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The Truck Broke Down


The truck that has your shipment on-board has broken down, and has limped, or been towed, to a repair garage.


  1. The carrier has advised us of the situation, and we will advise you.
  2. The carrier will normally investigate the availability of a short-term rental truck to allow it to complete the trip while the repairs are done, and of the availability of using a rescue truck. The practical reality is, however, that because of the structure of the intercity trucking industry, neither option is usually possible or feasible.
  3. The garage will give the carrier an estimate of the length of time require to repair the truck. But they probably can’t even start the repair until they receive the parts they have ordered, and that may take 2 days. Based on this information, the carrier will develop a plan for the freight. Not always, but in most cases the truck will be repaired, even if it takes a few days, before a replacement truck can be brought into service.
  4. Once the carrier has a plan, we will advise you of the revised ETA for your delivery, and we will keep you updated regarding progress.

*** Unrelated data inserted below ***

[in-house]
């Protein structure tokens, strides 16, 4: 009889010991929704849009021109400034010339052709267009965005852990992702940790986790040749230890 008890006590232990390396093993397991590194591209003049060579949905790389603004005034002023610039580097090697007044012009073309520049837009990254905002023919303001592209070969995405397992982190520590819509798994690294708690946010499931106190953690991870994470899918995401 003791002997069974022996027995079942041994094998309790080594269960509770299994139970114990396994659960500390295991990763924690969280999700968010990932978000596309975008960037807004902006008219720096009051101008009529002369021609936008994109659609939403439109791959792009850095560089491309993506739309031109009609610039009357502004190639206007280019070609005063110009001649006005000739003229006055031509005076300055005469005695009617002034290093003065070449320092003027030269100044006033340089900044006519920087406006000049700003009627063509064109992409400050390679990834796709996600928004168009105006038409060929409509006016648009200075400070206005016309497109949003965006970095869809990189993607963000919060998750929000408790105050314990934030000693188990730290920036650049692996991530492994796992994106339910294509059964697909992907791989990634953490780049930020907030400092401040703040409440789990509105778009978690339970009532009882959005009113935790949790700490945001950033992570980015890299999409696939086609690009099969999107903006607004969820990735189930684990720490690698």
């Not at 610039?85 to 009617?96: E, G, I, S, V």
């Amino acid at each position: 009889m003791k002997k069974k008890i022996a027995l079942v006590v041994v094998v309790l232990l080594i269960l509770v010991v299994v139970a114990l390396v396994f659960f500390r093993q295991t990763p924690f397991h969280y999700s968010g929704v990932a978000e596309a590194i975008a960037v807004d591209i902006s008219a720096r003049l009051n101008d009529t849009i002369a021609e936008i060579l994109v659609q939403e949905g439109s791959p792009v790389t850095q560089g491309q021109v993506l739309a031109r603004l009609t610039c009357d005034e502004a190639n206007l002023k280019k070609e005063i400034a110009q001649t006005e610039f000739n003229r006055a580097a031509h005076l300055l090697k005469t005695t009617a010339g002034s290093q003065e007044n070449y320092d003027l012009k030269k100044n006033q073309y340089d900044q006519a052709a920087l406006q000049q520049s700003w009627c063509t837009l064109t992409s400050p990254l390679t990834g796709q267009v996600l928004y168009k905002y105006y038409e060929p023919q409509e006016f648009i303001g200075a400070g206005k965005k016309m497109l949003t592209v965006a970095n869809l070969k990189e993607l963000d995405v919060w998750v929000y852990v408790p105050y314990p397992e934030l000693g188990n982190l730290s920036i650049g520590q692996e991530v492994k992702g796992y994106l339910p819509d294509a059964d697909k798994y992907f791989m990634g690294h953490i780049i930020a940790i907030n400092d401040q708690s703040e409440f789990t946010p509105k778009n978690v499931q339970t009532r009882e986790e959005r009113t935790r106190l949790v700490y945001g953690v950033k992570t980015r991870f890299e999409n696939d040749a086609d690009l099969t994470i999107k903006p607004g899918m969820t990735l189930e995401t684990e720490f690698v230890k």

Almost all highway tractors are well-maintained – without a reliably functioning truck, a driver cannot make a living, and maintenance programs and results are audited by government inspectors and by insurance companies on a regular basis.
However, trucks are subject to heavy use – perhaps as much as 6,000 miles per week – and many hundreds of engine cycles per day, particularly when operating in hilly or mountainous regions, or with heavy loads. The result is that parts can and do fail, despite full preventative maintenance programs.


They will be a significant delay, typically 2 -3 days. The truck may take just hours to repair and get back on the highway, but it may take several days for a key part to be delivered to the repair shop.